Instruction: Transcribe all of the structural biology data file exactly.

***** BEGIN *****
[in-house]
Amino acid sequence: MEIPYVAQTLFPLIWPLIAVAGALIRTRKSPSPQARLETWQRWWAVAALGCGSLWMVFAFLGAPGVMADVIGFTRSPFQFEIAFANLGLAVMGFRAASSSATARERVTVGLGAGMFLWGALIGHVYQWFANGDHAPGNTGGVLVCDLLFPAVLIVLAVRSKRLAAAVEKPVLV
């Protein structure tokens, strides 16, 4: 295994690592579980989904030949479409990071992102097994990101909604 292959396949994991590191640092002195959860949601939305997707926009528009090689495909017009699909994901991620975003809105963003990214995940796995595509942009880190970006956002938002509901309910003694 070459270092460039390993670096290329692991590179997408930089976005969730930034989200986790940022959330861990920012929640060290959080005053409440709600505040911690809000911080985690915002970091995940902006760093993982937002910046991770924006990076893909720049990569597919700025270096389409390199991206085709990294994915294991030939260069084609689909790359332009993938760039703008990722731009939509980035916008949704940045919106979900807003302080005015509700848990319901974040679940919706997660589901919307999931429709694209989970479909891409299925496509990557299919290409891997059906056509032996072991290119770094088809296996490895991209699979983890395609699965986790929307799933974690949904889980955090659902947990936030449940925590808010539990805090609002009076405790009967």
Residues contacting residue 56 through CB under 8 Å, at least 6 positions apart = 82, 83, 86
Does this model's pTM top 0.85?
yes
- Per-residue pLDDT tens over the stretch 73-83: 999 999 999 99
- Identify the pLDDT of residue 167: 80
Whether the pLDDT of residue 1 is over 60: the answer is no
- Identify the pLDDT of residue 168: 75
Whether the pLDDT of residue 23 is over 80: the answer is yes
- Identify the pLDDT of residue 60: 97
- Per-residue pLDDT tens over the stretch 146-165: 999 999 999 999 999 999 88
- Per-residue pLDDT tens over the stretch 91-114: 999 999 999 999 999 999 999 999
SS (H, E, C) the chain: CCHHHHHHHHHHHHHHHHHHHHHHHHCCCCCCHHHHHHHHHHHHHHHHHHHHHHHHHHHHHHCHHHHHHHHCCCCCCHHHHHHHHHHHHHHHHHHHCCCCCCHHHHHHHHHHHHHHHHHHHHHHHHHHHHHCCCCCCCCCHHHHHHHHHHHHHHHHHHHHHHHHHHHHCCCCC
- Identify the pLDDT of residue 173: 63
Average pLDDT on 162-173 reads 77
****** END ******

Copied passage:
[in-house]
Amino acid sequence: MEIPYVAQTLFPLIWPLIAVAGALIRTRKSPSPQARLETWQRWWAVAALGCGSLWMVFAFLGAPGVMADVIGFTRSPFQFEIAFANLGLAVMGFRAASSSATARERVTVGLGAGMFLWGALIGHVYQWFANGDHAPGNTGGVLVCDLLFPAVLIVLAVRSKRLAAAVEKPVLV
């Protein structure tokens, strides 16, 4: 295994690592579980989904030949479409990071992102097994990101909604 292959396949994991590191640092002195959860949601939305997707926009528009090689495909017009699909994901991620975003809105963003990214995940796995595509942009880190970006956002938002509901309910003694 070459270092460039390993670096290329692991590179997408930089976005969730930034989200986790940022959330861990920012929640060290959080005053409440709600505040911690809000911080985690915002970091995940902006760093993982937002910046991770924006990076893909720049990569597919700025270096389409390199991206085709990294994915294991030939260069084609689909790359332009993938760039703008990722731009939509980035916008949704940045919106979900807003302080005015509700848990319901974040679940919706997660589901919307999931429709694209989970479909891409299925496509990557299919290409891997059906056509032996072991290119770094088809296996490895991209699979983890395609699965986790929307799933974690949904889980955090659902947990936030449940925590808010539990805090609002009076405790009967």
Residues contacting residue 56 through CB under 8 Å, at least 6 positions apart = 82, 83, 86
Does this model's pTM top 0.85?
yes
- Per-residue pLDDT tens over the stretch 73-83: 999 999 999 99
- Identify the pLDDT of residue 167: 80
Whether the pLDDT of residue 1 is over 60: the answer is no
- Identify the pLDDT of residue 168: 75
Whether the pLDDT of residue 23 is over 80: the answer is yes
- Identify the pLDDT of residue 60: 97
- Per-residue pLDDT tens over the stretch 146-165: 999 999 999 999 999 999 88
- Per-residue pLDDT tens over the stretch 91-114: 999 999 999 999 999 999 999 999
SS (H, E, C) the chain: CCHHHHHHHHHHHHHHHHHHHHHHHHCCCCCCHHHHHHHHHHHHHHHHHHHHHHHHHHHHHHCHHHHHHHHCCCCCCHHHHHHHHHHHHHHHHHHHCCCCCCHHHHHHHHHHHHHHHHHHHHHHHHHHHHHCCCCCCCCCHHHHHHHHHHHHHHHHHHHHHHHHHHHHCCCCC
- Identify the pLDDT of residue 173: 63
Average pLDDT on 162-173 reads 77